Sometimes it's scary to think about where the Twins' offense would be without Justin Morneau. Yesterday, as the team toiled away unsuccessfully against Blue Jays starter A.J. Burnett, Morneau was the sole offensive star and he pretty much single-handedly willed the team to victory. I'd say those are the defining characteristics of an MVP.
Burnett, who possesses some devastating stuff, was baffling the Twins' hitters yesterday. The 30-year-old righthander allowed four runs (three earned) while pitching all eight innings in a loss against the Twins. He struck out eight and walked three. Burnett gave up just three hits, but two of them came off the bat of Morneau, who was also responsible for all the Twins' scoring in the game. In the third inning, Morneau came up with the bases loaded and hit a high chopper to the pitcher's mound. Even if Burnett had fielded the ball cleanly and made an accurate throw to first, Morneau probably would have beaten out the play and driven in a run. However, Burnett rushed his throw and it sailed over the first baseman's head, allowing Morneau to move to second and allowing another run to score. This gave the Twins a 2-1 lead. Morneau later extended that lead to 4-1 when he hit a towering two-run homer into the upper-deck in the sixth inning. That was it for the Twins' offense.
Fortunately, thanks to a great pitching performance from Carlos Silva, four runs would be plenty in this game. The Twins really needed Silva to step up and pitch deep into yesterday's game after Saturday night's 13-inning marathon had depleted most of the bullpen. Silva answered the call, pitching into the eighth inning while allowing just two runs. After he left the game to a standing ovation, Juan Rincon and Joe Nathan came in to take care of the final five outs and the Twins got their victory. The series win was the Twins' first at home since their season-opening sweep of the Orioles.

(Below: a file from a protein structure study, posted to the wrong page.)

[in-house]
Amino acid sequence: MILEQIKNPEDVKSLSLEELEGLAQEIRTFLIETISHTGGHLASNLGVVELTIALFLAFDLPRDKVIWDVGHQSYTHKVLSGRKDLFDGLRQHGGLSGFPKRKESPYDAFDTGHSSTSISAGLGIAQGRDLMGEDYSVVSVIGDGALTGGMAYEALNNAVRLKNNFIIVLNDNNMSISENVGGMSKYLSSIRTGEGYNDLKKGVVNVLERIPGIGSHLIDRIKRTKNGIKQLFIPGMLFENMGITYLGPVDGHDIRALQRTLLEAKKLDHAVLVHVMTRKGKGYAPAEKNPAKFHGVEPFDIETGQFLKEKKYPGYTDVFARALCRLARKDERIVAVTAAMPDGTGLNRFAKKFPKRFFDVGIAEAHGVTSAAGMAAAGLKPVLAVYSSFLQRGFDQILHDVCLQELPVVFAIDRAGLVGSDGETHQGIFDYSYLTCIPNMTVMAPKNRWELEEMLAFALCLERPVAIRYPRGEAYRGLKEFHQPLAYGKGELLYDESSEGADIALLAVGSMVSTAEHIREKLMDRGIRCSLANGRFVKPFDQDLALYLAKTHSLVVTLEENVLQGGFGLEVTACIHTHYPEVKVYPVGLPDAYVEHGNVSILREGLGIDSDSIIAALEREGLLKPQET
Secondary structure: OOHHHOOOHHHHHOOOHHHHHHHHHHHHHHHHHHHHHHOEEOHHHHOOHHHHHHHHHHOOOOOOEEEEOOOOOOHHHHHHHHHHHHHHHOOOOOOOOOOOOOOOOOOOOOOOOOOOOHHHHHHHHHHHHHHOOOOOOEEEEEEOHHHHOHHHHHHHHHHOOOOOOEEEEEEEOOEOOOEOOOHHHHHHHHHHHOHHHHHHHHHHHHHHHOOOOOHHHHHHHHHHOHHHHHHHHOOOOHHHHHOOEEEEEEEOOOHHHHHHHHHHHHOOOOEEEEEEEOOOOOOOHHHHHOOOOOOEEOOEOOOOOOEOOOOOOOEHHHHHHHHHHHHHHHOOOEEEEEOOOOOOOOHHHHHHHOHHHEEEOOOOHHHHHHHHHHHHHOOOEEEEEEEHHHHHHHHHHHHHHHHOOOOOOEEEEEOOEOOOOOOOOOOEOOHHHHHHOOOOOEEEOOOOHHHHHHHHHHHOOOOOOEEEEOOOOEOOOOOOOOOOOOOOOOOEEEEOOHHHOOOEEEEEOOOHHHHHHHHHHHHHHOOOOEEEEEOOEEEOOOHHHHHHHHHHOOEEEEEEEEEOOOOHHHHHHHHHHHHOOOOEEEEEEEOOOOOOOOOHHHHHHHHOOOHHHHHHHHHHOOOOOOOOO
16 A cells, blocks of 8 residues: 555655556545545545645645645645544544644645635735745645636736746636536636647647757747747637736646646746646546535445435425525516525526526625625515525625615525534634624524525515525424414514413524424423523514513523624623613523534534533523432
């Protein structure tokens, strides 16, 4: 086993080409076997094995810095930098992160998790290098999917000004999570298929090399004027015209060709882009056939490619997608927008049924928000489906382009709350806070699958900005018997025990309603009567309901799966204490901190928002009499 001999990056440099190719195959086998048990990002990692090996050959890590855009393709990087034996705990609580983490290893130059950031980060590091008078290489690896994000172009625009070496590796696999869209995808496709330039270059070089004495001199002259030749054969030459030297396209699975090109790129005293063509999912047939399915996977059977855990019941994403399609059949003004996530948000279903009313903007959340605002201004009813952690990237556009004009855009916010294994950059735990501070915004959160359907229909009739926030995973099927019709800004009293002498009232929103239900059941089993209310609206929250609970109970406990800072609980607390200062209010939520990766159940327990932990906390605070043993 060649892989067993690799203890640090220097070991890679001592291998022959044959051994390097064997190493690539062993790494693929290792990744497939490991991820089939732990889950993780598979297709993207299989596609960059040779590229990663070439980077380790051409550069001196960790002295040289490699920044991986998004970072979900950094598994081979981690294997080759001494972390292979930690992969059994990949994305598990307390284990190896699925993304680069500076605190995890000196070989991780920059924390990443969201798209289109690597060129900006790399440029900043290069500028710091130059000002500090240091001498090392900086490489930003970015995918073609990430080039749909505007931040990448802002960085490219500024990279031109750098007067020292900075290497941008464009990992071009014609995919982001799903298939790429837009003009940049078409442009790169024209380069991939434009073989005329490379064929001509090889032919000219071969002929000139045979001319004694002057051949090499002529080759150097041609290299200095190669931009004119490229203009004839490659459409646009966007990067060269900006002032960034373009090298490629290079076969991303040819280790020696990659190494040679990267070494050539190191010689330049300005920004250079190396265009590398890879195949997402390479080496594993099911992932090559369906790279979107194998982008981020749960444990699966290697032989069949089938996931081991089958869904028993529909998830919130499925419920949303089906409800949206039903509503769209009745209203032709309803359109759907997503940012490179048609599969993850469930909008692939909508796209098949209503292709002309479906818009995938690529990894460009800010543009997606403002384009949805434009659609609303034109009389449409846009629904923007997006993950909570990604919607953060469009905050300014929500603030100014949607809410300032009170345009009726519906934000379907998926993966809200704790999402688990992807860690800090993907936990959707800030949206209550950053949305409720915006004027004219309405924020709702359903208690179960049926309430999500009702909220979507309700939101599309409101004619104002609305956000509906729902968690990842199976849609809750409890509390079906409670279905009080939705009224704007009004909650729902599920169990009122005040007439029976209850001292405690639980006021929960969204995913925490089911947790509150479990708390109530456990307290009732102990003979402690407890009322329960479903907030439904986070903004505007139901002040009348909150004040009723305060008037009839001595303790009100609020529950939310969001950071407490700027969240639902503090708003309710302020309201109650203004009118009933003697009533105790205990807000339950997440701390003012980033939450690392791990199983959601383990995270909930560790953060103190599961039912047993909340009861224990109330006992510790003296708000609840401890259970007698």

The Twins seem to be coming out of their funk and are playing more like the team I expected them to be this season. The offense has gained some consistency (they've scored 4+ runs in each of their past nine games) and should only get better once Joe Mauer returns, which could take place this week. Meanwhile, the rotation is looking pretty good. Johan Santana has been dominant, Boof Bonser has been impressive, Scott Baker has looked good in his two starts, and Silva made a big statement with his much-needed outstanding performance yesterday. Of course, the major weakness remains Ramon Ortiz, but it sounds like he's headed for the bullpen. The Twins don't need the guy who comes up and replaces him (likely Kevin Slowey) to step in and start pitching like Liriano, but if that player is able to pitch relatively well, this could become a very strong rotation.
In my mind, there are two major things that the Twins need to start doing consistently in order to work their way into contention: win at home, and win against divisional opponents. They haven't been doing either of those things very well this year, but the Toronto series was a step in the right direction toward the first goal and they can take another big step toward both goals by winning their series against the White Sox which kicks off at the Metrodome this afternoon.